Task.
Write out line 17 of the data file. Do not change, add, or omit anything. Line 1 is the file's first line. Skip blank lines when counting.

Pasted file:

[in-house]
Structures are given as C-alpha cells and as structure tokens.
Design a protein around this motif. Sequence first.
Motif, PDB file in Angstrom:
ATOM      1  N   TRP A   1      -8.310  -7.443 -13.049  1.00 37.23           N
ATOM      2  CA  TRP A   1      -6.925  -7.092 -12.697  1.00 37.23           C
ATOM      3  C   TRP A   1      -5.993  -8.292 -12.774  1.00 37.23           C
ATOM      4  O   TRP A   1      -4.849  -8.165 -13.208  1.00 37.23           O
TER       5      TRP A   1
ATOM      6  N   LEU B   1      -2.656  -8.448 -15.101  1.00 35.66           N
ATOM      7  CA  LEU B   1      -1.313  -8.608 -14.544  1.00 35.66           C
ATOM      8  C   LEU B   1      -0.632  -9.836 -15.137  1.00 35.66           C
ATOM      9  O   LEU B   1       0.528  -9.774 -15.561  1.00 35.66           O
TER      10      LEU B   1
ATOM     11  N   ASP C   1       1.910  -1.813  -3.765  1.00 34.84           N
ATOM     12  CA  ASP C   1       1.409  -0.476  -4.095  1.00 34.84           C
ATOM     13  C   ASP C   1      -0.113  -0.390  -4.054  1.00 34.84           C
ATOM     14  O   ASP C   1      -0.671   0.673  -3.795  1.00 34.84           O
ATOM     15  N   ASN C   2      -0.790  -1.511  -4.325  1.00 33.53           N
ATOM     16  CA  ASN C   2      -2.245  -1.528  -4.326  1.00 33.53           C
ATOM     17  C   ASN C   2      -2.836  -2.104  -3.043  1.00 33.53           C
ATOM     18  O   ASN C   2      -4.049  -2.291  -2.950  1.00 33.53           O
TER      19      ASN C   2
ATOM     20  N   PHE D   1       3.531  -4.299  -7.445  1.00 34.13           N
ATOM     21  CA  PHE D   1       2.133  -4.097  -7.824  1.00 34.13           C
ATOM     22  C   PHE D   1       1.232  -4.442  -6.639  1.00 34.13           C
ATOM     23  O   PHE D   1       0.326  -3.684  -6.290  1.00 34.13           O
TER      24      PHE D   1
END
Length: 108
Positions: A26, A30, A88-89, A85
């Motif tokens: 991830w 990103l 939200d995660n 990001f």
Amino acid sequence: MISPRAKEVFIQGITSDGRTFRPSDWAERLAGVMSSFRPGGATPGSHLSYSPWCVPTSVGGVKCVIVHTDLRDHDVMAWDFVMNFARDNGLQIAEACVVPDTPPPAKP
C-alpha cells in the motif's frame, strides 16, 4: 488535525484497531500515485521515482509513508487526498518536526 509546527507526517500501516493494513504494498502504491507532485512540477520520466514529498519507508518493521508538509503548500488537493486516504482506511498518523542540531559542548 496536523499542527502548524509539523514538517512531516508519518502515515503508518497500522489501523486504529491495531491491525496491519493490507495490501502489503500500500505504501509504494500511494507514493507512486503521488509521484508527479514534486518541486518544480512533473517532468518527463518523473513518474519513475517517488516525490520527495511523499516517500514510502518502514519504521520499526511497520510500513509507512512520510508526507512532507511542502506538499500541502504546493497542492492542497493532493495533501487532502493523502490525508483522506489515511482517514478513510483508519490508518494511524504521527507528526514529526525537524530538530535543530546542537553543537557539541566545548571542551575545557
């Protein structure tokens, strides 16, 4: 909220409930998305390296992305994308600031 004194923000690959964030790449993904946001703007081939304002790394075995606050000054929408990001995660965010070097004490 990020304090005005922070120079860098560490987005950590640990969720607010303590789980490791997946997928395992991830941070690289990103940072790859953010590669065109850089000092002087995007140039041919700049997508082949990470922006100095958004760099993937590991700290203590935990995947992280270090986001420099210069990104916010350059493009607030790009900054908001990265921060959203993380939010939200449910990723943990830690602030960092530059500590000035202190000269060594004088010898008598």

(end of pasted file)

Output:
ATOM     13  C   ASP C   1      -0.113  -0.390  -4.054  1.00 34.84           C